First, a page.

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Caroline Hayhurst joined us from Toronto, Canada, where she had just completed a 12 month fellowship in Skull Base Surgery under the guidance of Fred Gentili. Previous to that she had been extremely well trained under the mentorship of Conor Mallucci. She was only the second female fellow to pass through the Centre and maintained the high standard set by Dr Darbar, who is currently forging a brilliant career in St. Louis, Missouri. There is no doubt that Caroline will establish the same admirable reputation in the United Kingdom. While she was with us it became clear she was confident but not arrogant, quiet but not backward in coming forward and knowledgeable but not a know-it-all. The single most frequently voiced comment made about her since she departed refers to “…her amazing knowledge of the neurosurgical literature”. We will miss her passion, her measured and accurate suggestions in the operating room, her diligence and her clinical excellence. I am not sure she will find the surf as attractive in Cardiff, but they are certainly the better off for having her in their health system. We wish her the best of British luck!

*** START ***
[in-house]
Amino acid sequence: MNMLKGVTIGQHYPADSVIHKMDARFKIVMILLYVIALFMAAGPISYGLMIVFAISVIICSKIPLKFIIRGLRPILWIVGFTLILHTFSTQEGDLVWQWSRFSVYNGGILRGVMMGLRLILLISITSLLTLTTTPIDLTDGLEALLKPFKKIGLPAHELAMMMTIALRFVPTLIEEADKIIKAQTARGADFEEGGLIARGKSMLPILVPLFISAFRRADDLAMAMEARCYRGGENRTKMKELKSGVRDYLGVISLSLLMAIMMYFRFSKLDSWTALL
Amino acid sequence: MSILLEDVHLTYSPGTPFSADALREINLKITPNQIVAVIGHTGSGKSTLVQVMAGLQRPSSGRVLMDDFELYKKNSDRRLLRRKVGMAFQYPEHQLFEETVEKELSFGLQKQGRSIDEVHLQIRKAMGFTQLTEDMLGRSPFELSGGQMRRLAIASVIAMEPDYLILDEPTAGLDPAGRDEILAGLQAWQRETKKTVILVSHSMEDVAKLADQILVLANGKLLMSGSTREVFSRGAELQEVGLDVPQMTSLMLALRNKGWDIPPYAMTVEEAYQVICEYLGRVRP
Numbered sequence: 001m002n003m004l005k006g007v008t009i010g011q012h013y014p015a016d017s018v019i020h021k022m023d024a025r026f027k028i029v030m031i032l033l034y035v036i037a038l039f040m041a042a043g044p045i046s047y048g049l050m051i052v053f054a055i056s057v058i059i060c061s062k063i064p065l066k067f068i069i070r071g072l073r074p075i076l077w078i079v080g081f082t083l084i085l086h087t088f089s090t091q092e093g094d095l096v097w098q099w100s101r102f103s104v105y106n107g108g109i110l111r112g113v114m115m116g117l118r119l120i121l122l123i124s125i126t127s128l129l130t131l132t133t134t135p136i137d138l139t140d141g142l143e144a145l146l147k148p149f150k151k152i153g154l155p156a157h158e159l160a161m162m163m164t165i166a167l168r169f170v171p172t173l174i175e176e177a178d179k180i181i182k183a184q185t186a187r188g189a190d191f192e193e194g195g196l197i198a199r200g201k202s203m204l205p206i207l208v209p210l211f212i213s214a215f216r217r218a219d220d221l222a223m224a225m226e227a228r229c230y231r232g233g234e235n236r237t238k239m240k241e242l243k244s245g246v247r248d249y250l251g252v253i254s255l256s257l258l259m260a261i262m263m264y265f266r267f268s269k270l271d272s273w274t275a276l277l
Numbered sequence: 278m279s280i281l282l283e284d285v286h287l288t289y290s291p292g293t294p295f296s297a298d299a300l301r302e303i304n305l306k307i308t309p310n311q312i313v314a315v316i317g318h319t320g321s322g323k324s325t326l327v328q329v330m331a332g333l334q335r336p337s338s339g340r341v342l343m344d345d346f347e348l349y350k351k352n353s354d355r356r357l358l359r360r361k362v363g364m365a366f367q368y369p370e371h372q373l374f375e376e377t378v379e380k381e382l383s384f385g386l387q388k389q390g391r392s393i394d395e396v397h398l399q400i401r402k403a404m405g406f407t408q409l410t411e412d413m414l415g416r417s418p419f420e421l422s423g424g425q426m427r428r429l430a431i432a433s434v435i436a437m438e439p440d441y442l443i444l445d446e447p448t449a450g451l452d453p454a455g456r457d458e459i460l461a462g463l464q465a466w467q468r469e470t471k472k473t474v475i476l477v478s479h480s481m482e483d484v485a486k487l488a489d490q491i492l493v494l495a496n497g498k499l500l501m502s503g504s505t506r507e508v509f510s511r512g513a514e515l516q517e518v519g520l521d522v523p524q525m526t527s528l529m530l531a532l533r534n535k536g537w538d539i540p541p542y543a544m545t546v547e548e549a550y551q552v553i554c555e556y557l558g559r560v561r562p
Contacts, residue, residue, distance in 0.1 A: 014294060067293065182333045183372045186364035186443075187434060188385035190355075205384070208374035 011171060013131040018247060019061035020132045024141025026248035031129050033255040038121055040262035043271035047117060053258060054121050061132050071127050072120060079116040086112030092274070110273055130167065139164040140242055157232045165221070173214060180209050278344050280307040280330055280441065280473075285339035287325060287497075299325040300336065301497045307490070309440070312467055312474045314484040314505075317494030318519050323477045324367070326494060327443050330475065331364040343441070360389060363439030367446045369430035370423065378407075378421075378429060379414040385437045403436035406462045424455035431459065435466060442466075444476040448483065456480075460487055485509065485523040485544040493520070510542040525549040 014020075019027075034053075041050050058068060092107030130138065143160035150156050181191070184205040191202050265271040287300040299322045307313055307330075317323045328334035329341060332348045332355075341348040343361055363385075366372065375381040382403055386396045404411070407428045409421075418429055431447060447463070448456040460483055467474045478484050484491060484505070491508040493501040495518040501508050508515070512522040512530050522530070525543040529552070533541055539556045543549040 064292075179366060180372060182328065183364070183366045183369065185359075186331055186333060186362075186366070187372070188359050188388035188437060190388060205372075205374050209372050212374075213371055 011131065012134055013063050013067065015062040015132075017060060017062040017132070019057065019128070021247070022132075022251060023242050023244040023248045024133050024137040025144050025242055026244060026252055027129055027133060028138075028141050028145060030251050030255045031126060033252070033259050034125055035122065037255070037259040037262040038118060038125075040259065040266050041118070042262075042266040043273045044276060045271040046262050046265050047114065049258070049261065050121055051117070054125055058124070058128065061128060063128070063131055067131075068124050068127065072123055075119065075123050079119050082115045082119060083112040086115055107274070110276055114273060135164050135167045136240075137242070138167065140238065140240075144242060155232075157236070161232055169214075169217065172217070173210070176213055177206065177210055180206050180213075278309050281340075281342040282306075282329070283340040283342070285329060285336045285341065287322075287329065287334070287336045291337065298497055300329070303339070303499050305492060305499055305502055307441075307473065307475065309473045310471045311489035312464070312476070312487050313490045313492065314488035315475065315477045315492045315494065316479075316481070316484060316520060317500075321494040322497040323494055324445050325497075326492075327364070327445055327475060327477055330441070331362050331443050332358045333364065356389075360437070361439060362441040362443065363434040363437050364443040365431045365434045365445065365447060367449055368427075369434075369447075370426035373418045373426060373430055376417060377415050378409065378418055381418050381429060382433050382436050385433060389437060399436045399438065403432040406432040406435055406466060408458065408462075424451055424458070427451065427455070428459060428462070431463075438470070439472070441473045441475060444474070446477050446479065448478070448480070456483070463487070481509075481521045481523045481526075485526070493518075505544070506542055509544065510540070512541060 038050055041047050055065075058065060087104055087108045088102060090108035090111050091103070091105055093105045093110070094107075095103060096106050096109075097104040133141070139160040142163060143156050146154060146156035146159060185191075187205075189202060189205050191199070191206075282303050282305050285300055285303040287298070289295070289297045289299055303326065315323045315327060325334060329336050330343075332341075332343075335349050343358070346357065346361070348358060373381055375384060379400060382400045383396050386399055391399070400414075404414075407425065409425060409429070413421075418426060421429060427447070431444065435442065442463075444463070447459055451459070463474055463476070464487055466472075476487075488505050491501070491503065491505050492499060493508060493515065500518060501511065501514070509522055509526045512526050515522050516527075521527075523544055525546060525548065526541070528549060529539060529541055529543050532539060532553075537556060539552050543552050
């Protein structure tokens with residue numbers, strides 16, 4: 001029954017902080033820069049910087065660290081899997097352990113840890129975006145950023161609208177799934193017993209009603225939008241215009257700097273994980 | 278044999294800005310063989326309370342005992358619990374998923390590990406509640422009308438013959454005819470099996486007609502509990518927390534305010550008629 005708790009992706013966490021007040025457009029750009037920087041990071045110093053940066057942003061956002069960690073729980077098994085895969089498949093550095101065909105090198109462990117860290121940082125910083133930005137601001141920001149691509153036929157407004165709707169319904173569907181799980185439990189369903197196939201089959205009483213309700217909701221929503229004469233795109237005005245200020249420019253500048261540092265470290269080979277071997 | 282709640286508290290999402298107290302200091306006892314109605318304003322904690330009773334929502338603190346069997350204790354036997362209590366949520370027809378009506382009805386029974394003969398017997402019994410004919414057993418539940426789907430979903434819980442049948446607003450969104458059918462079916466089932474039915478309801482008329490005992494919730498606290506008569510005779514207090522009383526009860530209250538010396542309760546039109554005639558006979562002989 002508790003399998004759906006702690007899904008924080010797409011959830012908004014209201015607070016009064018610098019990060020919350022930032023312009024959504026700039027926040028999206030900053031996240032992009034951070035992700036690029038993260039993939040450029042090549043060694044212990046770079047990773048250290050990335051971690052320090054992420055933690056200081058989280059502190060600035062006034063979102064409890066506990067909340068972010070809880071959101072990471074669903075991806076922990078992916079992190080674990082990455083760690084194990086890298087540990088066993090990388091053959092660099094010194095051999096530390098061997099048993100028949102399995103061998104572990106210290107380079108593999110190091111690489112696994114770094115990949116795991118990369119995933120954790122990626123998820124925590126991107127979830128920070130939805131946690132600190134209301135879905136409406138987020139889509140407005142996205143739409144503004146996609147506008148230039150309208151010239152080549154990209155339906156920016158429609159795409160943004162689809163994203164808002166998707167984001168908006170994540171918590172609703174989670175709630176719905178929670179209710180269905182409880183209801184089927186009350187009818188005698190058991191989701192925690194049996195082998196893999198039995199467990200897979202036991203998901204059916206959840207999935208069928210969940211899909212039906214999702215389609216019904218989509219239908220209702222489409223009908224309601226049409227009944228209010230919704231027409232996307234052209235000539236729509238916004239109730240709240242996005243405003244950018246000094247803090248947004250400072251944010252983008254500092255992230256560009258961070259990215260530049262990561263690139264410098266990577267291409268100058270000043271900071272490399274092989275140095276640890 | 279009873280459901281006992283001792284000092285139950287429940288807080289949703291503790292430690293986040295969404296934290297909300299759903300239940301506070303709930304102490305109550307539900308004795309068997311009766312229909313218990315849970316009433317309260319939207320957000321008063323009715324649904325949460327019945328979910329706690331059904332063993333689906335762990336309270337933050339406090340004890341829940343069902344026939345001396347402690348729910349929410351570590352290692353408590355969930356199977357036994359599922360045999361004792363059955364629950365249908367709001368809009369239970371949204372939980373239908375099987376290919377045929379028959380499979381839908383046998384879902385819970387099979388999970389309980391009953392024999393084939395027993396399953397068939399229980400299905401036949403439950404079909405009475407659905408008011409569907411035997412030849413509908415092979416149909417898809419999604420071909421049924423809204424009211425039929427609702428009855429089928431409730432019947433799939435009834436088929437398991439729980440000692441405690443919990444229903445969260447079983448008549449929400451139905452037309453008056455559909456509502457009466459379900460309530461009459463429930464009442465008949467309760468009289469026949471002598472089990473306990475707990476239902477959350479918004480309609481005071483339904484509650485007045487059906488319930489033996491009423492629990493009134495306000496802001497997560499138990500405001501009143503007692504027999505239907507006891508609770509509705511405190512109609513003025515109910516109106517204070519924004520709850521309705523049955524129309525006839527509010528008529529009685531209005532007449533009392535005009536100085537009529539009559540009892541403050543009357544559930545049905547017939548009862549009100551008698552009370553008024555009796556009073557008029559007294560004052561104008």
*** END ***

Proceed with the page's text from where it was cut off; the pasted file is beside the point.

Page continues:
In keeping with my love of nature and unique geographical places, I jump at any opportunity to teach, operate or visit South Africa. The level of neurosurgical care is excellent and some of the most innovative surgeons in history have originated from here….think Christian Barnard and Warwick Peacock. On one of my previous visits to Johannesburg to perform pro bono surgery I came across a young neurosurgeon who impressed me dramatically. He was head of his department in one of the largest public hospitals in one of the poorer sections of the city. He clearly wasn’t in it for the money and he and his beautiful wife, a plastic surgeon in the same institution, worked tirelessly to improve the care to impoverished patients. He was courageous enough to perform keyhole operations that he had learnt by reading my book, Principles and Practice of Keyhole Brain Surgery, without ever seeing it performed by someone else. His results were amazing. I wanted this person as my fellow. Thankfully, he agreed and the rest is history. Chris is a technically gifted surgeon. He has courage, dexterity, good clinical acumen, comprehensive knowledge of the literature and a caring nature. He taught us as much as we taught him and his enthusiastic personality was contagious. He will be a shining light in the field of innovative neurosurgery in his country and I am confident he will make a positive contribution to the overall welfare of both the privileged and impoverished people of South Africa. We wish him, his talented and beautiful wife, Bella, and their young family, the best of luck.